The CFPB recently issued its fourth annual Fair Lending Report (“Report”) that provides an overview of the CFPB’s fair lending program as well as its rulemaking, supervisory and enforcement efforts during calendar year 2015. The Report covers multiple areas, including mortgage lending, auto finance, credit cards, and other product areas. Many of the findings and observations in the Report were previously released in the CFPB’s prior Supervisory Highlights.
The Report states that mortgage lending, including origination and servicing, continues to be a priority for the CFPB for both fair lending supervision and enforcement work. According to the Report, the CFPB’s areas of focus include HMDA data integrity and fair lending risks in redlining, underwriting, and pricing. The Report also notes that in 2015, the CFPB’s fair lending review efforts covered institutions responsible for close to half of the HMDA reportable transactions and more than 60% of the transactions reported by institutions subject to the CFPB’s supervision and enforcement authority.
With respect to fair lending supervision of mortgage lending, the Report describes certain examination observations where financial institutions failed to provide appropriate denial notices as set forth in Regulation B and failed to notify an applicant of the action taken within 30 days after receiving a completed application. The Report also notes violations of ECOA and Regulation B related to the treatment of protected sources of income. The CFPB reiterated its guidance that a blanket practice of denying applicants who rely on public assistance income, or a specific form of public assistance income, without an assessment of an applicant’s particular situation, may violate ECOA and Regulation B.
The Report also states that CFPB conducted targeted ECOA reviews to evaluate areas of heightened fair lending risk. These reviews focus on a specific line of business, including mortgages, and typically include a statistical analysis and also could include loan file reviews. According to the Report, in one or more examinations, the CFPB concluded that statistical disparities in underwriting outcomes resulted from illegal discrimination in violation of ECOA. In such instances, the Report notes that the CFPB will require the institution to pay remuneration to affected borrowers, which may include application or other fees, costs, and other damages. Institutions also may be required to re-offer credit.
With respect to fair lending enforcement, the Report indicates that in 2015, the CFPB announced four fair lending enforcement actions, including two in mortgage origination and two in indirect auto lending. With respect to mortgage origination, the Report provides a description of actions against Hudson City Savings Bank and Provident Funding Associates. The Hudson City Savings Bank matter involved a joint action by the CFPB and the DOJ alleging discriminatory redlining practices. The joint complaint alleged that the financial institution structured its business to avoid and thereby discourage residents in majority-Black-and-Hispanic neighborhoods from accessing mortgages. This matter resulted in a consent order that provides for payment of $25 million in direct loan subsidies to qualified borrowers in the affected communities, $2.25 million in community programs and outreach (including for targeted advertising to generate applications from affected neighborhoods, local partnerships with community-based or governmental organizations, and consumer education, credit counseling and financial literacy), and a $5.5 million penalty.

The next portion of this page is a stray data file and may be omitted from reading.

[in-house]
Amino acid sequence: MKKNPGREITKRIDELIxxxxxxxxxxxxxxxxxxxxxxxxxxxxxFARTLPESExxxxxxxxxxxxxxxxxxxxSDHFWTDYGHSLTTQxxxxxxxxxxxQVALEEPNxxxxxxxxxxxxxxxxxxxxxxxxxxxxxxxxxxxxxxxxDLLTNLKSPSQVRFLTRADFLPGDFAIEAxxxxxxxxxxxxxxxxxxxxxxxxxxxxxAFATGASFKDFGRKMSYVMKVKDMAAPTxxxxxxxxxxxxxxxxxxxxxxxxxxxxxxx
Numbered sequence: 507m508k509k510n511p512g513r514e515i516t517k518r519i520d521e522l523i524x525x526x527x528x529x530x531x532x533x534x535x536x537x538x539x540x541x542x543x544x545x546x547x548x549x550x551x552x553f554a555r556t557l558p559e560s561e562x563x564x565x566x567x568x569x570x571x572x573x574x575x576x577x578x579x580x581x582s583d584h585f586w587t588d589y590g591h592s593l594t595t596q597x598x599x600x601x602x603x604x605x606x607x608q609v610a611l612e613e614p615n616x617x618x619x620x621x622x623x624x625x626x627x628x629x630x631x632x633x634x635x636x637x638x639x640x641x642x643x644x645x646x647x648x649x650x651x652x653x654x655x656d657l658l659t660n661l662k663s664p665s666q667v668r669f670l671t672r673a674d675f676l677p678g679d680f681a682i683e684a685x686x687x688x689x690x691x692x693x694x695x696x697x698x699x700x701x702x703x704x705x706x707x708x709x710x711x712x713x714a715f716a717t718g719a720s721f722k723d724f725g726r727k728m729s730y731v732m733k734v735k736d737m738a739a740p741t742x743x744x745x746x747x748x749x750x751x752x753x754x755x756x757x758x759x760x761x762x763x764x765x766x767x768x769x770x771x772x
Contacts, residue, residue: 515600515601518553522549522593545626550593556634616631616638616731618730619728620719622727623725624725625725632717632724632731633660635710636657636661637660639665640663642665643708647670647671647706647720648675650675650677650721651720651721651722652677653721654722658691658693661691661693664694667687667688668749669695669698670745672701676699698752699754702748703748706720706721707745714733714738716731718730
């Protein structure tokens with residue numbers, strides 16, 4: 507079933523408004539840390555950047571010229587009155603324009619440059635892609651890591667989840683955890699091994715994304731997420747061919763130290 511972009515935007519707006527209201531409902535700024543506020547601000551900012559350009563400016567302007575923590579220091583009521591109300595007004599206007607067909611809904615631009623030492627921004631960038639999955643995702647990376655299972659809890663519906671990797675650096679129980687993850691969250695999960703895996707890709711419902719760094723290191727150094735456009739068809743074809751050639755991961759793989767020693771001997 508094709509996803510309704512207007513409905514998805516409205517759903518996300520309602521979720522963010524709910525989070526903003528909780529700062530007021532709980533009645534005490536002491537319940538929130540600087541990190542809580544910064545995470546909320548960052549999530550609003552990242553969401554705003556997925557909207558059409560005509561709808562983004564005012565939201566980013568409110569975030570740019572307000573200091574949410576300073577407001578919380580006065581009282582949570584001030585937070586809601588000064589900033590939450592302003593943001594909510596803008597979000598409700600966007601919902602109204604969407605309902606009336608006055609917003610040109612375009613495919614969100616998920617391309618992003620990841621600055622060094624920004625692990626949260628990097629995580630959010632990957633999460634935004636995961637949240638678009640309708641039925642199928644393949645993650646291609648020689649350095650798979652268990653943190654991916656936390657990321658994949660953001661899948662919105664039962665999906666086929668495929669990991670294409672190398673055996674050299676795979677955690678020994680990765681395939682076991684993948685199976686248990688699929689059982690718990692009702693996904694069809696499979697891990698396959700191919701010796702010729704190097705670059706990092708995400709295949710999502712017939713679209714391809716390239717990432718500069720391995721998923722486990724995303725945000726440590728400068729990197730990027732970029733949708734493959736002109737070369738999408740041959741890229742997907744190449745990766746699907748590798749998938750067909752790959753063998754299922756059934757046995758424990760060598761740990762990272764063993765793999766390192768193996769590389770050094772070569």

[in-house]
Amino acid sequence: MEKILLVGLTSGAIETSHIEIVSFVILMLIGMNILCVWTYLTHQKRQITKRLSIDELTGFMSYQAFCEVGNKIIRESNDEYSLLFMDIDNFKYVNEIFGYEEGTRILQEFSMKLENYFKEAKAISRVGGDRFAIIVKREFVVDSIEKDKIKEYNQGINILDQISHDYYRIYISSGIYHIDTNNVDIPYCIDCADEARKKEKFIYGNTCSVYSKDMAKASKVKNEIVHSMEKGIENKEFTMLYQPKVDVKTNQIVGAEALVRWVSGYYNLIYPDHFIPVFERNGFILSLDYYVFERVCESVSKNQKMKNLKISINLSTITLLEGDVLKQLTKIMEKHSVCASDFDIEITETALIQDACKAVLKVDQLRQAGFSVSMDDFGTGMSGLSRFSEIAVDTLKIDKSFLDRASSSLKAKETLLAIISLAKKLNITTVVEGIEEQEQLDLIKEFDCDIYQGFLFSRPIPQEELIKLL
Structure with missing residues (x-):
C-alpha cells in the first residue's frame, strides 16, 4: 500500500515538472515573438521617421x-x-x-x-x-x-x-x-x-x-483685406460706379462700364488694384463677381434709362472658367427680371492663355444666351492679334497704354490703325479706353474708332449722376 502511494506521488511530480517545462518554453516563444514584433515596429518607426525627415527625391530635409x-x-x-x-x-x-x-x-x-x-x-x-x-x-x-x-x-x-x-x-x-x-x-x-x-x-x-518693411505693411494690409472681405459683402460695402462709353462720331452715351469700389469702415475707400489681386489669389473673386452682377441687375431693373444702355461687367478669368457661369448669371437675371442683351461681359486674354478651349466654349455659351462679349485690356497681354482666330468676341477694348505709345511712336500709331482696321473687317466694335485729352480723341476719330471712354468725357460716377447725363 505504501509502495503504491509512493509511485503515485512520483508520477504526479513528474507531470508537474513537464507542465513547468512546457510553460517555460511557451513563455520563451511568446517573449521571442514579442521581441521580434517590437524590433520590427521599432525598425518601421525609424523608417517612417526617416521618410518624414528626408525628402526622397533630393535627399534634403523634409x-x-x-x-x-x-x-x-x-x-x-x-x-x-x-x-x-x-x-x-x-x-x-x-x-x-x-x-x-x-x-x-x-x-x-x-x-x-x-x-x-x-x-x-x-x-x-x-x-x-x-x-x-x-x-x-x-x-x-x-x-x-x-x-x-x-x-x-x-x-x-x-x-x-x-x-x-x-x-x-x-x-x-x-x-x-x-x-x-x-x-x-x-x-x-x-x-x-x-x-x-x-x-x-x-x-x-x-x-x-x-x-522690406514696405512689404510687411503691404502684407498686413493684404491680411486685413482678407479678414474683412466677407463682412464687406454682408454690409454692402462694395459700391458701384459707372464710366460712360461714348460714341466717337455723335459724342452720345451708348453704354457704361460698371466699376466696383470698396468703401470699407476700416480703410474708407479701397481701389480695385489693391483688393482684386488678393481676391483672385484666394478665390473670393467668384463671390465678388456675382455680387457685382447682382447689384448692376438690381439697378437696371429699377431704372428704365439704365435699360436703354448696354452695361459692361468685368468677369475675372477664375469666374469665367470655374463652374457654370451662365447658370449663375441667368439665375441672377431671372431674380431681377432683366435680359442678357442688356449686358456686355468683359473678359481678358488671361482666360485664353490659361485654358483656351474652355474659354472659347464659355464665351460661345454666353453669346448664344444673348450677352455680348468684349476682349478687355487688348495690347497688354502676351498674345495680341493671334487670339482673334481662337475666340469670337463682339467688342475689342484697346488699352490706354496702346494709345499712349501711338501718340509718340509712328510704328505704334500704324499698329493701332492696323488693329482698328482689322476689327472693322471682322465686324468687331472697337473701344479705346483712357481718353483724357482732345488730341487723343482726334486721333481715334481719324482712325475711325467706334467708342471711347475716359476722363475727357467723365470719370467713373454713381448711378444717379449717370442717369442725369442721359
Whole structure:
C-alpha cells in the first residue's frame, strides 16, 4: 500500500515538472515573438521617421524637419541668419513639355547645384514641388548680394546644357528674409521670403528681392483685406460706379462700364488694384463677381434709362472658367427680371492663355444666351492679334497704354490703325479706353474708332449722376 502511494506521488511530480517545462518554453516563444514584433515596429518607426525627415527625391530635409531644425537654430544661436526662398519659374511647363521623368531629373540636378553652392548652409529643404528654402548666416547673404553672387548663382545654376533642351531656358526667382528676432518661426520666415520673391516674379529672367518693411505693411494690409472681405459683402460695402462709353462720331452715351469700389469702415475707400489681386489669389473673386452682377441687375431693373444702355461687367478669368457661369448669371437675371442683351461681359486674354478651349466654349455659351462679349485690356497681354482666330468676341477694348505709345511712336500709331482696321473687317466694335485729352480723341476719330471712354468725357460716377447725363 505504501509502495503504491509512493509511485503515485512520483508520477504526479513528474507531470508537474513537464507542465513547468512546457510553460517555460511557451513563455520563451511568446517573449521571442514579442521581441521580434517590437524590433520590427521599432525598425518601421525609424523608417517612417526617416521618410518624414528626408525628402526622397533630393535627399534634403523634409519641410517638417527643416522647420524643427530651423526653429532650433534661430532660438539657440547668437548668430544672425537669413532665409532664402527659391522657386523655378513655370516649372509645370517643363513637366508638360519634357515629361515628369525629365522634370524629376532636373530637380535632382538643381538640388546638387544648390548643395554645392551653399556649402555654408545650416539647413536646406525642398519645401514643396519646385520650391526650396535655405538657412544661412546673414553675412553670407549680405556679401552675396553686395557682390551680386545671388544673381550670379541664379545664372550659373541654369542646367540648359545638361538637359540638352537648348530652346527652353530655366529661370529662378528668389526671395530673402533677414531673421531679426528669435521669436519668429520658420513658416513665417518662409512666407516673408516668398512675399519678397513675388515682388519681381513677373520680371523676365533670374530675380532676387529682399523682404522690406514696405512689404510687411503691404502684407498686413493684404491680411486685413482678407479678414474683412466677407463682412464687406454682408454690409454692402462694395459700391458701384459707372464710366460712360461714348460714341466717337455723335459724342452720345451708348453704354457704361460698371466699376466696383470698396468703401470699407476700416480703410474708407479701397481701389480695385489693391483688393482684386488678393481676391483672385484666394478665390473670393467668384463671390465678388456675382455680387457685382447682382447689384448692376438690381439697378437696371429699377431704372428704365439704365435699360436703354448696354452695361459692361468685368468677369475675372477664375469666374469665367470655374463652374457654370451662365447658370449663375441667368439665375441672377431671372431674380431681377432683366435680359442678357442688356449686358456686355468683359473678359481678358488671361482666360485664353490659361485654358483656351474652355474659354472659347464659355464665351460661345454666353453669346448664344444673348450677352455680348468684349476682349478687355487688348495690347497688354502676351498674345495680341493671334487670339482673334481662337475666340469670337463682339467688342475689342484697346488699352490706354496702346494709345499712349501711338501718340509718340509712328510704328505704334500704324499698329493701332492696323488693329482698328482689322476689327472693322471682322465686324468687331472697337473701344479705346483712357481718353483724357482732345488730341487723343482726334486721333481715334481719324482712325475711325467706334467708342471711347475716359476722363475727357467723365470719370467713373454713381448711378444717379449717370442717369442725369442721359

The Provident Funding Associates matter involved a joint action by the CFPB and the DOJ alleging discrimination in mortgage origination. The joint complaint alleged that from 2006 to 2011, the financial institution discriminated in violation of ECOA by charging African-American and Hispanic borrowers more in brokers’ fees than similarly-situated non-Hispanic White borrowers. The complaint alleged that the entity set risk-based interest rates and allowed brokers to charge a higher rate to consumers. The fees paid to brokers were made up of payments from increased interest revenue and through the direct fees paid by the borrower. The agencies alleged that the entity’s broker compensation policies caused unlawful discrimination against African-American and Hispanic borrowers in mortgage pricing. The consent order required the financial institution to pay $9 million to harmed borrowers.
The Report also notes that in 2015, the CFPB referred eight matters to the DOJ. The referrals covered a variety of practices, including discrimination in mortgage lending on the bases of the receipt of public assistance income, sex, marital status, race, color, and national origin, and discrimination in auto lending on the bases of age, receipt of public assistance income, sex, marital status, race, and national origin. In addition, the Report notes that at the end of 2015, the CFPB had a number of pending fair lending investigations and enforcement actions in settlement negotiations.
The CFPB’s Fair Lending Report is available at: http://files.consumerfinance.gov/f/documents/201604_cfpb_Fair_Lending_Report_Final.pdf.